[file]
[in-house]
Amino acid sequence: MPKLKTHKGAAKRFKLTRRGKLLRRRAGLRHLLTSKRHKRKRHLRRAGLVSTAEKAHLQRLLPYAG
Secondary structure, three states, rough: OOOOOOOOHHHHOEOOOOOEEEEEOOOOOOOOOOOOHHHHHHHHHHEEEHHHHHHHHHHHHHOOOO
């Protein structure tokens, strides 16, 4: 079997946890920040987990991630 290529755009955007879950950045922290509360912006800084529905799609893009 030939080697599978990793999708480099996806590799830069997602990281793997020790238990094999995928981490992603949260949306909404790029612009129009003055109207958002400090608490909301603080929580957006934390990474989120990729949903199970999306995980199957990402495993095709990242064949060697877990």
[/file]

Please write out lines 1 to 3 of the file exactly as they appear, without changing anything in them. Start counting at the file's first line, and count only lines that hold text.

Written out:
[in-house]
Amino acid sequence: MPKLKTHKGAAKRFKLTRRGKLLRRRAGLRHLLTSKRHKRKRHLRRAGLVSTAEKAHLQRLLPYAG
Secondary structure, three states, rough: OOOOOOOOHHHHOEOOOOOEEEEEOOOOOOOOOOOOHHHHHHHHHHEEEHHHHHHHHHHHHHOOOO